Assessing cold injury in conifers

With record low temperatures during winter 2014-2015, many growers are concerned with winter injury on conifers and how to assess damage.

White pine with winter injury or “southwest disease” on the south side of the tree. Photo credit: Jill O’Donnell, MSU Extension
White pine with winter injury or “southwest disease” on the south side of the tree. Photo credit: Jill O’Donnell, MSU Extension

Conifers in Michigan experience winter injury in many forms, including needle, bud and branch injury which can cause tissue browning or death. Winter injury can occur following fluctuations in temperatures during dormancy or during frosts and freezes following bud break. Tree species, seed source, weather conditions and site can all affect the level of cold injury. Michigan State University Extension discusses the following ways growers can assess conifer damage caused by winter injury.

Dormant injury

Loss of cold hardiness is one way conifers can be injured during dormancy. Trees from regions of the world that experience cold temperatures have adapted to withstand varying levels of cold, expressed as cold hardiness. Conifer cold hardiness levels increase as temperatures decline in the fall and builds over time to a maximum level mid-winter. Hardiness then decreases as temperatures slowly warm in late winter. Warm periods during the winter reduce a tree’s cold hardiness and cause winter injury when temperatures drop again. Freezing injury may occur during these temperature fluctuations, potentially causing tree death. Damage from intense sunlight on the southern side of the tree can also cause local damage from a loss of cold hardiness, commonly referred to as “southwest disease.”

Winter injury during tree dormancy can also occur from low humidity, sunny conditions and high winds that desiccate needle, bud and twig tissue causing dehydration, damage and death. Affected needles turn brown and may appear banded or mottled. Injured twigs become brittle and the growth cambium located just below the bark turns green to brown. Injured buds can appear green at first, but if cut horizontally in half they exhibit brown, dead needle primordia in the center just below the bud scales. Injured buds will fail to develop.

Needle damage may occur more commonly than bud injury as buds on some species are protected with a waxy coating and location in the canopy. Snow cover also protects tissue from desiccation, so growers experiencing this form of winter injury may see a pattern of heathy tissue on tree skirts protected by snow cover and symptoms of injury above the snow line.

Winter injury above snow line on blue spruce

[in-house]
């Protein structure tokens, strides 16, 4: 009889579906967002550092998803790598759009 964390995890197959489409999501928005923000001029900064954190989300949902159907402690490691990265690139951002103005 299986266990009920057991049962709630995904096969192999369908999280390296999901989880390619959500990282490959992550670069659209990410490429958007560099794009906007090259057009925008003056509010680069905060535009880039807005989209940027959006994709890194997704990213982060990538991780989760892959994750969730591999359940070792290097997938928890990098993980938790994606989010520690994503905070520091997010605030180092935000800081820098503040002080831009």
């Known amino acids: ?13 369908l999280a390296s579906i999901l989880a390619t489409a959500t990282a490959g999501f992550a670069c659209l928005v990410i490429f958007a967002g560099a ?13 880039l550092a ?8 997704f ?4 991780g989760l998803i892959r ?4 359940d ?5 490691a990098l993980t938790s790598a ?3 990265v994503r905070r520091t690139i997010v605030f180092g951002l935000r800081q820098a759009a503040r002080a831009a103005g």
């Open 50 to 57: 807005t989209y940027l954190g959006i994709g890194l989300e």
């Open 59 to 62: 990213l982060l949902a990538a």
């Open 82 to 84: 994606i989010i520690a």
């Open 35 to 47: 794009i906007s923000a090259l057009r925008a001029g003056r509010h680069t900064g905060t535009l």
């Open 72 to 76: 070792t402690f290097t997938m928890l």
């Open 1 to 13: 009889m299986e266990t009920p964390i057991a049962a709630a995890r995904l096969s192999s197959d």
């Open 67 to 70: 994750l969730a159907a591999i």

Blue spruce exhibiting signs of winter injury above the snow line. Photo credit: Erin Lizotte, MSU Extension

Assessing bud damage

Growers can assess vegetative bud damage on their farm by opening and inspecting buds. To ensure a good assessment, collect vegetative buds from the terminal end of the lower, middle and upper branches, as well as from trees on the edges and interior of blocks. If the plantation is located on a slope, make sure to collect samples from all elevations. The more buds assessed, the more confident a grower can be in their damage estimate. Sample size and accuracy should be balanced with the potential loss caused by the destructive sampling required.

Growers should cut the bud with a sharp knife horizontally, about two-thirds of the way down the bud toward the stem or peel away the bud scales to reveal the needle primordia inside. Needle primordia should be a vibrant green color. If the primordia in the center of the bud are black, the bud has been killed and will not produce a shoot. Keep track of how many buds you check and how many are dead – this will give you a ratio or percentage of viable vegetative buds.

Healthy and damaged bud
Cross-section of bud revealing a damaged bud (upper) and a healthy bud (lower). Photo credit: Jill O’Donnell, MSU Extension

Cold injury after budbreak

Cold damage can also occur as succulent new shoots and needles begin to emerge at bud break. Species that break bud early are exposed to spring temperature fluctuations for a longer period of time, making them more vulnerable to spring cold snaps and more frequent injury. As the tree breaks dormancy and sap begins to flow, shoots and needles begin to expand as the tree rehydrates. At this time, the tree has lost any cold hardiness gained over the winter.

If temperatures drop significantly below freezing for a short period or stay at or just below freezing for an extended period of time, then frost and freeze injury can occur. High winds and temperature inversions can exacerbate this type of cold injury. Cold injury to new shoots can lead to undesirable tree structure over time.

Frost injury to Douglas fir
Frost injury to new growth on a Douglas fir. Note the primarily unaffected older growth. Photo credit: Jill O’Donnell, MSU Extension

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This material is based upon work supported by the National Institute of Food and Agriculture, U.S. Department of Agriculture, under Agreement No. 2013-41534-21068. Any opinions, findings, conclusions, or recommendations expressed in this publication are those of the author(s) and do not necessarily reflect the view of the U.S. Department of Agriculture.

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